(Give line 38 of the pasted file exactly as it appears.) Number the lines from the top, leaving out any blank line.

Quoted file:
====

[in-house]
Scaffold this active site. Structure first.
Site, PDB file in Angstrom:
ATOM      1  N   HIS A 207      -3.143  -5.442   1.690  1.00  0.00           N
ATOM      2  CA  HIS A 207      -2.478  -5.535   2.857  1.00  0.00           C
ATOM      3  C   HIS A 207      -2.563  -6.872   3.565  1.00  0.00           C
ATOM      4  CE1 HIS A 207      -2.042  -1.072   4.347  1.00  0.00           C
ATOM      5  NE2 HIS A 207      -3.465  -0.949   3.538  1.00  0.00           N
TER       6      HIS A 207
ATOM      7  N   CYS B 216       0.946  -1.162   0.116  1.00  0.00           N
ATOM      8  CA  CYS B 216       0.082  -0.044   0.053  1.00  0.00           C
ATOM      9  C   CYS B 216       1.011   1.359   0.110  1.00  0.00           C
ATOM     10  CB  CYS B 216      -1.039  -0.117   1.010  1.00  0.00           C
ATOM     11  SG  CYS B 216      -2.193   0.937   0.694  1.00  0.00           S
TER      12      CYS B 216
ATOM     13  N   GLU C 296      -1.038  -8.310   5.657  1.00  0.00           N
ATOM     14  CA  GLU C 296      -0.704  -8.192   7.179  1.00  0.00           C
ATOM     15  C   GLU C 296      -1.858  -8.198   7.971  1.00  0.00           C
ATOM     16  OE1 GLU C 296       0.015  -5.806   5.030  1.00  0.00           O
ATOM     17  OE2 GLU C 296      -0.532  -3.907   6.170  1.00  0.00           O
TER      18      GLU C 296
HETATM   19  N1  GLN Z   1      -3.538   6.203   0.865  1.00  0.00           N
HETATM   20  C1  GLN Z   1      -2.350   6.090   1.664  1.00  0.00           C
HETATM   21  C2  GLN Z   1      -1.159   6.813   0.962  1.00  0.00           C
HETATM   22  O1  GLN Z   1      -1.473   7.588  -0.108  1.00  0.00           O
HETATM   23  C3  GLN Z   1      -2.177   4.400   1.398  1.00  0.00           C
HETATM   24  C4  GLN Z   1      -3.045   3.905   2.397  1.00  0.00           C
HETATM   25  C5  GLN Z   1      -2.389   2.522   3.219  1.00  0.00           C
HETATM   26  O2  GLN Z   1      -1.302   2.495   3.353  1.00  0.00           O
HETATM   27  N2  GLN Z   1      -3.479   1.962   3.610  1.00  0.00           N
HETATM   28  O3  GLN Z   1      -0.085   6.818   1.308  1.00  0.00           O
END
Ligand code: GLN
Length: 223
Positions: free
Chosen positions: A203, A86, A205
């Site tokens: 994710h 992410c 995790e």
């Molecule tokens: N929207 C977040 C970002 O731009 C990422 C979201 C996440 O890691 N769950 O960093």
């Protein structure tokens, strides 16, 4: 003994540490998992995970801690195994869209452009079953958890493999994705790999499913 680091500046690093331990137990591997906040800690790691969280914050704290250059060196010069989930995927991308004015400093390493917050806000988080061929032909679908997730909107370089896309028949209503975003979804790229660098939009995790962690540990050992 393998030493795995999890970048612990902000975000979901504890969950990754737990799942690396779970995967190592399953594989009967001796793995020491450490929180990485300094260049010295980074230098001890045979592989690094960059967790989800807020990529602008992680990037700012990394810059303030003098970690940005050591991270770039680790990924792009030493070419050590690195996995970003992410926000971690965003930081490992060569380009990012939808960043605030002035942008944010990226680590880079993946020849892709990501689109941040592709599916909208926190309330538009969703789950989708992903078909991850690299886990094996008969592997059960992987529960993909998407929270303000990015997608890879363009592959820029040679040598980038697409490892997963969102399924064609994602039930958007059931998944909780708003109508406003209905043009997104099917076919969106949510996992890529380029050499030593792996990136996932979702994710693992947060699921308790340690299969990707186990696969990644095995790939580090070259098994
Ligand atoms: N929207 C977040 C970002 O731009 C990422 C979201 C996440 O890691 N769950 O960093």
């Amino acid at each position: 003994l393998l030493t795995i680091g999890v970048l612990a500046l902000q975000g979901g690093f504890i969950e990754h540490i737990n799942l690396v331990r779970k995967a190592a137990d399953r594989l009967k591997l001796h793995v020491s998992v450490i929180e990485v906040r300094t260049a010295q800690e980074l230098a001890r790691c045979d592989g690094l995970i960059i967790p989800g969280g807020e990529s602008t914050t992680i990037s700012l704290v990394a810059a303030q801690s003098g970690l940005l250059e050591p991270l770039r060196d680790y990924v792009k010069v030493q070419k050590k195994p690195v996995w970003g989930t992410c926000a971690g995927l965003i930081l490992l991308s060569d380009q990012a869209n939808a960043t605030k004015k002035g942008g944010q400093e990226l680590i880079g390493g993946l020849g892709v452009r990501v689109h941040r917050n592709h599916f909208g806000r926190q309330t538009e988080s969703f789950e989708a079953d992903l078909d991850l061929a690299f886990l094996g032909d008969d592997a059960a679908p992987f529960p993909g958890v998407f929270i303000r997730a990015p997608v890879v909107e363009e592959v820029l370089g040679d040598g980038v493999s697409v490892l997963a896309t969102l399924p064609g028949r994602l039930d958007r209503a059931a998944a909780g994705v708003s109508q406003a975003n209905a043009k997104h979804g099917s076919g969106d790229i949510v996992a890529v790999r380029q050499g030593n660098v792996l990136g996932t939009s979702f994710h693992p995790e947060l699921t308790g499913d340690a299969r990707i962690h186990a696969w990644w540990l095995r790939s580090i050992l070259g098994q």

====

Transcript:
């Molecule tokens: N929207 C977040 C970002 O731009 C990422 C979201 C996440 O890691 N769950 O960093």